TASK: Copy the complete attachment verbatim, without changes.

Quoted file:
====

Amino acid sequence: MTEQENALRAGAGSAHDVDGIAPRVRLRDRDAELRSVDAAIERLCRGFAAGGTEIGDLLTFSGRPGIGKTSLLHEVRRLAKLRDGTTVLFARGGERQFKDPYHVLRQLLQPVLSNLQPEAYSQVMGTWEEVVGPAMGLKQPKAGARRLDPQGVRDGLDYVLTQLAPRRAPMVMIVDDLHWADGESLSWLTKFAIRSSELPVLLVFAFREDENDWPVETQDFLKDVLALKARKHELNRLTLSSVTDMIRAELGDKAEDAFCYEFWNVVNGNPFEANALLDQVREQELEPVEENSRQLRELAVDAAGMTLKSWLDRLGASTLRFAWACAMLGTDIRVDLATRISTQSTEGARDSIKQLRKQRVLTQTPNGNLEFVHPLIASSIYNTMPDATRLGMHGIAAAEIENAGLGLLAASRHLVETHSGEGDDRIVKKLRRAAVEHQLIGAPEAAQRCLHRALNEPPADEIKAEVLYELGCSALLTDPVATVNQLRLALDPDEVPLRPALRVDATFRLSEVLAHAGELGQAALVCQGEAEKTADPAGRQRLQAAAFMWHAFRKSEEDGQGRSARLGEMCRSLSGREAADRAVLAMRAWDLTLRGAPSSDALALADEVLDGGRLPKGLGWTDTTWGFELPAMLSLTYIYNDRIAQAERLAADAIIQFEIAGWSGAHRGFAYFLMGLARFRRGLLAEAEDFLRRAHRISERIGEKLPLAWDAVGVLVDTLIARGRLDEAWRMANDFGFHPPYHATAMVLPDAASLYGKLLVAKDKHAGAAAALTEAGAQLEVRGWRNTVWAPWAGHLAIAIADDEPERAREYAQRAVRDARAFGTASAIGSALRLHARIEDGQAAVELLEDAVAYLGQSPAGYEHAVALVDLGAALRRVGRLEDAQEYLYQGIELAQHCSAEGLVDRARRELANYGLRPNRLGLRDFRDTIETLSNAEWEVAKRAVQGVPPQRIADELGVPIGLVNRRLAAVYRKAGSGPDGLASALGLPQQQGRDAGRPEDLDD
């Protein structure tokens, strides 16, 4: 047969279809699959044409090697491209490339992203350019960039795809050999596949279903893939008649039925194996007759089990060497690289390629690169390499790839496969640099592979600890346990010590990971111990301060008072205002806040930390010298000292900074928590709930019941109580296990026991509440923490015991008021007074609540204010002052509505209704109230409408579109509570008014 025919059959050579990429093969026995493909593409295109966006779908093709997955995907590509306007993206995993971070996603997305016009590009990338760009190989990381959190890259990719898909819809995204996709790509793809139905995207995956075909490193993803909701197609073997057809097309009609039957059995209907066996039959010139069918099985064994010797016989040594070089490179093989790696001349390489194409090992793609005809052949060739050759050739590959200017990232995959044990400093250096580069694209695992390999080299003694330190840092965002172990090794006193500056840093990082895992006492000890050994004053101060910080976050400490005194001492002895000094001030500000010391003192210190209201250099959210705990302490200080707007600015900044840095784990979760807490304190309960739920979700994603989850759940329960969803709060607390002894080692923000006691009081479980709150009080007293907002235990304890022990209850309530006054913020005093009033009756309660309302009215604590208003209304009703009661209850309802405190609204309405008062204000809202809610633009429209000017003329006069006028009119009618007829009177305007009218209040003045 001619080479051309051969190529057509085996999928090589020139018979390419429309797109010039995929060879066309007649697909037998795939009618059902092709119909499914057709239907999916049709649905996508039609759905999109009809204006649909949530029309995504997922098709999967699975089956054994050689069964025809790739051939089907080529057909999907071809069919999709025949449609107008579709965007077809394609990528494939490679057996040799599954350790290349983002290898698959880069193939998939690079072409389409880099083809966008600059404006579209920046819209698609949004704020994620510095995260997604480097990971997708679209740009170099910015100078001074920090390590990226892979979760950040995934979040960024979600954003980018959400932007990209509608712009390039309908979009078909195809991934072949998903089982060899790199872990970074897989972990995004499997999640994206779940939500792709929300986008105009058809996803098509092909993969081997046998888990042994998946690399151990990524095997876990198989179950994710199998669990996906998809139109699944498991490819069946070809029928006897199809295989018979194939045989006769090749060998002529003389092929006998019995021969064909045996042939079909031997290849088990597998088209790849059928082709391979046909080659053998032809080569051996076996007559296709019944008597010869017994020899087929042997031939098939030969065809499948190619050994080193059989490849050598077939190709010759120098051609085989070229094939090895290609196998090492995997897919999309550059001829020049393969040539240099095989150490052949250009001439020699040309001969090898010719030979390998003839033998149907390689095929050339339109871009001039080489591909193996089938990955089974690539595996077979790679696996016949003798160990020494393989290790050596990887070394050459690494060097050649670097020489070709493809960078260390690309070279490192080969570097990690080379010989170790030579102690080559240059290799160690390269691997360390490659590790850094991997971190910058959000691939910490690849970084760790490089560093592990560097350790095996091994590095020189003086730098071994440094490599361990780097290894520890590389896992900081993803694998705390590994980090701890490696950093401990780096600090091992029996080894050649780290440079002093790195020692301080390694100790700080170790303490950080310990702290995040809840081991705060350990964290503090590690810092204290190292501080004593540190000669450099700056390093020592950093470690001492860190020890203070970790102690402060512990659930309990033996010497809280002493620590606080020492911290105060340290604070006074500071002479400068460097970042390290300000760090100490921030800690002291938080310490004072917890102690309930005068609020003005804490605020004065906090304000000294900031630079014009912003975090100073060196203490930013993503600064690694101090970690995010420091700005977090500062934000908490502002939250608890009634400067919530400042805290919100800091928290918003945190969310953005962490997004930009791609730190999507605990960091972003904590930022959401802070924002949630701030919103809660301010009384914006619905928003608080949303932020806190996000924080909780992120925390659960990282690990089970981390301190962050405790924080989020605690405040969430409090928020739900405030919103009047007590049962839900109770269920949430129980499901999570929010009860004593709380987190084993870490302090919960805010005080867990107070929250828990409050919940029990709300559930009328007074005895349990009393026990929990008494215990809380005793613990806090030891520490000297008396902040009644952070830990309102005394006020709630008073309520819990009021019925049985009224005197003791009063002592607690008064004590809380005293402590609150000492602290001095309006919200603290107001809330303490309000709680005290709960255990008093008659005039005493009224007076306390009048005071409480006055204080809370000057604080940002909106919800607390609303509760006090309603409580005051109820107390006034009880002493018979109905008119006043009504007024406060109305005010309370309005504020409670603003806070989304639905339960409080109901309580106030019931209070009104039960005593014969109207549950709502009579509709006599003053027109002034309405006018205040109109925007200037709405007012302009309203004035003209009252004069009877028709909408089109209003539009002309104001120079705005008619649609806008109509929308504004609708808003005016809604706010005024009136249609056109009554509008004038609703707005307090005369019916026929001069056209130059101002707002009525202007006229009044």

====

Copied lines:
Amino acid sequence: MTEQENALRAGAGSAHDVDGIAPRVRLRDRDAELRSVDAAIERLCRGFAAGGTEIGDLLTFSGRPGIGKTSLLHEVRRLAKLRDGTTVLFARGGERQFKDPYHVLRQLLQPVLSNLQPEAYSQVMGTWEEVVGPAMGLKQPKAGARRLDPQGVRDGLDYVLTQLAPRRAPMVMIVDDLHWADGESLSWLTKFAIRSSELPVLLVFAFREDENDWPVETQDFLKDVLALKARKHELNRLTLSSVTDMIRAELGDKAEDAFCYEFWNVVNGNPFEANALLDQVREQELEPVEENSRQLRELAVDAAGMTLKSWLDRLGASTLRFAWACAMLGTDIRVDLATRISTQSTEGARDSIKQLRKQRVLTQTPNGNLEFVHPLIASSIYNTMPDATRLGMHGIAAAEIENAGLGLLAASRHLVETHSGEGDDRIVKKLRRAAVEHQLIGAPEAAQRCLHRALNEPPADEIKAEVLYELGCSALLTDPVATVNQLRLALDPDEVPLRPALRVDATFRLSEVLAHAGELGQAALVCQGEAEKTADPAGRQRLQAAAFMWHAFRKSEEDGQGRSARLGEMCRSLSGREAADRAVLAMRAWDLTLRGAPSSDALALADEVLDGGRLPKGLGWTDTTWGFELPAMLSLTYIYNDRIAQAERLAADAIIQFEIAGWSGAHRGFAYFLMGLARFRRGLLAEAEDFLRRAHRISERIGEKLPLAWDAVGVLVDTLIARGRLDEAWRMANDFGFHPPYHATAMVLPDAASLYGKLLVAKDKHAGAAAALTEAGAQLEVRGWRNTVWAPWAGHLAIAIADDEPERAREYAQRAVRDARAFGTASAIGSALRLHARIEDGQAAVELLEDAVAYLGQSPAGYEHAVALVDLGAALRRVGRLEDAQEYLYQGIELAQHCSAEGLVDRARRELANYGLRPNRLGLRDFRDTIETLSNAEWEVAKRAVQGVPPQRIADELGVPIGLVNRRLAAVYRKAGSGPDGLASALGLPQQQGRDAGRPEDLDD
């Protein structure tokens, strides 16, 4: 047969279809699959044409090697491209490339992203350019960039795809050999596949279903893939008649039925194996007759089990060497690289390629690169390499790839496969640099592979600890346990010590990971111990301060008072205002806040930390010298000292900074928590709930019941109580296990026991509440923490015991008021007074609540204010002052509505209704109230409408579109509570008014 025919059959050579990429093969026995493909593409295109966006779908093709997955995907590509306007993206995993971070996603997305016009590009990338760009190989990381959190890259990719898909819809995204996709790509793809139905995207995956075909490193993803909701197609073997057809097309009609039957059995209907066996039959010139069918099985064994010797016989040594070089490179093989790696001349390489194409090992793609005809052949060739050759050739590959200017990232995959044990400093250096580069694209695992390999080299003694330190840092965002172990090794006193500056840093990082895992006492000890050994004053101060910080976050400490005194001492002895000094001030500000010391003192210190209201250099959210705990302490200080707007600015900044840095784990979760807490304190309960739920979700994603989850759940329960969803709060607390002894080692923000006691009081479980709150009080007293907002235990304890022990209850309530006054913020005093009033009756309660309302009215604590208003209304009703009661209850309802405190609204309405008062204000809202809610633009429209000017003329006069006028009119009618007829009177305007009218209040003045 001619080479051309051969190529057509085996999928090589020139018979390419429309797109010039995929060879066309007649697909037998795939009618059902092709119909499914057709239907999916049709649905996508039609759905999109009809204006649909949530029309995504997922098709999967699975089956054994050689069964025809790739051939089907080529057909999907071809069919999709025949449609107008579709965007077809394609990528494939490679057996040799599954350790290349983002290898698959880069193939998939690079072409389409880099083809966008600059404006579209920046819209698609949004704020994620510095995260997604480097990971997708679209740009170099910015100078001074920090390590990226892979979760950040995934979040960024979600954003980018959400932007990209509608712009390039309908979009078909195809991934072949998903089982060899790199872990970074897989972990995004499997999640994206779940939500792709929300986008105009058809996803098509092909993969081997046998888990042994998946690399151990990524095997876990198989179950994710199998669990996906998809139109699944498991490819069946070809029928006897199809295989018979194939045989006769090749060998002529003389092929006998019995021969064909045996042939079909031997290849088990597998088209790849059928082709391979046909080659053998032809080569051996076996007559296709019944008597010869017994020899087929042997031939098939030969065809499948190619050994080193059989490849050598077939190709010759120098051609085989070229094939090895290609196998090492995997897919999309550059001829020049393969040539240099095989150490052949250009001439020699040309001969090898010719030979390998003839033998149907390689095929050339339109871009001039080489591909193996089938990955089974690539595996077979790679696996016949003798160990020494393989290790050596990887070394050459690494060097050649670097020489070709493809960078260390690309070279490192080969570097990690080379010989170790030579102690080559240059290799160690390269691997360390490659590790850094991997971190910058959000691939910490690849970084760790490089560093592990560097350790095996091994590095020189003086730098071994440094490599361990780097290894520890590389896992900081993803694998705390590994980090701890490696950093401990780096600090091992029996080894050649780290440079002093790195020692301080390694100790700080170790303490950080310990702290995040809840081991705060350990964290503090590690810092204290190292501080004593540190000669450099700056390093020592950093470690001492860190020890203070970790102690402060512990659930309990033996010497809280002493620590606080020492911290105060340290604070006074500071002479400068460097970042390290300000760090100490921030800690002291938080310490004072917890102690309930005068609020003005804490605020004065906090304000000294900031630079014009912003975090100073060196203490930013993503600064690694101090970690995010420091700005977090500062934000908490502002939250608890009634400067919530400042805290919100800091928290918003945190969310953005962490997004930009791609730190999507605990960091972003904590930022959401802070924002949630701030919103809660301010009384914006619905928003608080949303932020806190996000924080909780992120925390659960990282690990089970981390301190962050405790924080989020605690405040969430409090928020739900405030919103009047007590049962839900109770269920949430129980499901999570929010009860004593709380987190084993870490302090919960805010005080867990107070929250828990409050919940029990709300559930009328007074005895349990009393026990929990008494215990809380005793613990806090030891520490000297008396902040009644952070830990309102005394006020709630008073309520819990009021019925049985009224005197003791009063002592607690008064004590809380005293402590609150000492602290001095309006919200603290107001809330303490309000709680005290709960255990008093008659005039005493009224007076306390009048005071409480006055204080809370000057604080940002909106919800607390609303509760006090309603409580005051109820107390006034009880002493018979109905008119006043009504007024406060109305005010309370309005504020409670603003806070989304639905339960409080109901309580106030019931209070009104039960005593014969109207549950709502009579509709006599003053027109002034309405006018205040109109925007200037709405007012302009309203004035003209009252004069009877028709909408089109209003539009002309104001120079705005008619649609806008109509929308504004609708808003005016809604706010005024009136249609056109009554509008004038609703707005307090005369019916026929001069056209130059101002707002009525202007006229009044």